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Michael Greger MD

Michael Greger MD

Posted March 22, 2012

Published in Health

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Using Greens to Improve Athletic Performance

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Earlier this month on NutritionFacts.org I completed a 17-part video series on the performance-enhancing effects of certain vegetables. It started with Doping with Beet Juice, which described how beets were the first to be found to significantly improve athletic performance while reducing oxygen needs, upsetting a fundamental tenet of sports physiology. How is that possible? Check out Priming the Proton Pump to nerd out on a bit of biochemistry.

Next up was Don’t Use Antiseptic Mouthwash, which describes the role the natural good bacteria flora on our tongue plays in the performance-boosting effect of high nitrate vegetables, and Out of the Lab onto the Track, which documented the randomized, double-blind, placebo-controlled crossover studies that convinced the scientific establishment of the real-world effect.

Asparagus Pee and Pretty in Pee-nk go off on a tangent to delve into the phenomenon of "beeturia," the chief side effect of beet consumption--though not all are affected, akin to the malodorous urine that sometimes results from asparagus consumption.

If our bodies can turn the nitrate in vegetables into the vasodilator nitric oxide, then performance enhancement may be just the tip of the iceberg. Indeed, as I explain in Hearts Shouldn’t Skip a Beet, this may help explain the role dark green leafy vegetables play in the prevention and treatment of hypertension and heart disease. So which vegetables have the mostest? Find out in Vegetables Rate by Nitrate.

If the nitrates in vegetables such as greens are health-promoting because they can be turned into nitrites and then nitric oxide inside our bodies, what about the nitrites added to cured meats such as bacon, ham, and hot dogs? This is the apparent conundrum I present in Is Bacon Good or Is Spinach Bad? and then solve in Are Nitrates Pollutants or Nutrients? but not before laundry-listing the health concerns associated with processed meats.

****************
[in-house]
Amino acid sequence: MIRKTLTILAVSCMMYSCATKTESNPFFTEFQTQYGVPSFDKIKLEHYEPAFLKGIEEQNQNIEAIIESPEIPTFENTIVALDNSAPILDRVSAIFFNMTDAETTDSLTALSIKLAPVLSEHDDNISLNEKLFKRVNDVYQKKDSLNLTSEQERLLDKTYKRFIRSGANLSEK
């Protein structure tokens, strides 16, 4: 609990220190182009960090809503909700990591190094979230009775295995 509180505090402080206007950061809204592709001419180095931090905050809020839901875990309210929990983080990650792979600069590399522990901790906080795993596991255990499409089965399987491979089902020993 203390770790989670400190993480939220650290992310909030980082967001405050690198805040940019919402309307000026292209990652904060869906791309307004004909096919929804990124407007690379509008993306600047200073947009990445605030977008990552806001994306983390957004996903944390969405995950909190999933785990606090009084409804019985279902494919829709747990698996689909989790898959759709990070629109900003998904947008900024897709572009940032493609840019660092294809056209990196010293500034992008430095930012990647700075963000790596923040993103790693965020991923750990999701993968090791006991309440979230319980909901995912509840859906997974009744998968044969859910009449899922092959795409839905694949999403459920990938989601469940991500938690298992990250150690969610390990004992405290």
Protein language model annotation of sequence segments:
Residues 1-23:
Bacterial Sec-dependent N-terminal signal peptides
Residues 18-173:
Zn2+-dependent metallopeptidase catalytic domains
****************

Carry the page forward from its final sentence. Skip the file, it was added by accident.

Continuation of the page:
In When Nitrites Go Bad I describe how nitrites added to processed meat form nitrosamines, a class of potent cancer-causing agents found in cigarette smoke that may explain why hot dog consumption has been associated with the two leading pediatric cancers, brain tumors and childhood leukemia. So which meat has the highest level of these carcinogens? In Prevention Is Better Than Cured Meat the levels of nitrosamines are compared across an array of processed meats including chicken, turkey, and pork.

And finally, bacon. Carcinogens in the smell of frying bacon is pretty self-explanatory. In Bacon and Botulism I talk about the incredible story of regulators forced to strike a balance between the risk that consumers will get cancer, and the risk that they'll get a deadly form of food poisoning. Part of that balance is the legal mandate to add certain antioxidants to processed meats, though I explore the irony in Vitamin C-Enriched Bacon that this may make the meat even more carcinogenic. Finally, in Meat Additives to Diminish Toxicity, I feature an article published in the journal Meat Science revealing how meat scientists continue to justify promoting foods associated with promoting cancer.

I ended the series with So Should We Drink Beet Juice or Not?, in which I describe the safest ways for athletes to nitrate load, which involve lots of dark green leafy vegetables.

Maybe Popeye was onto something.

Michael Greger, M.D.


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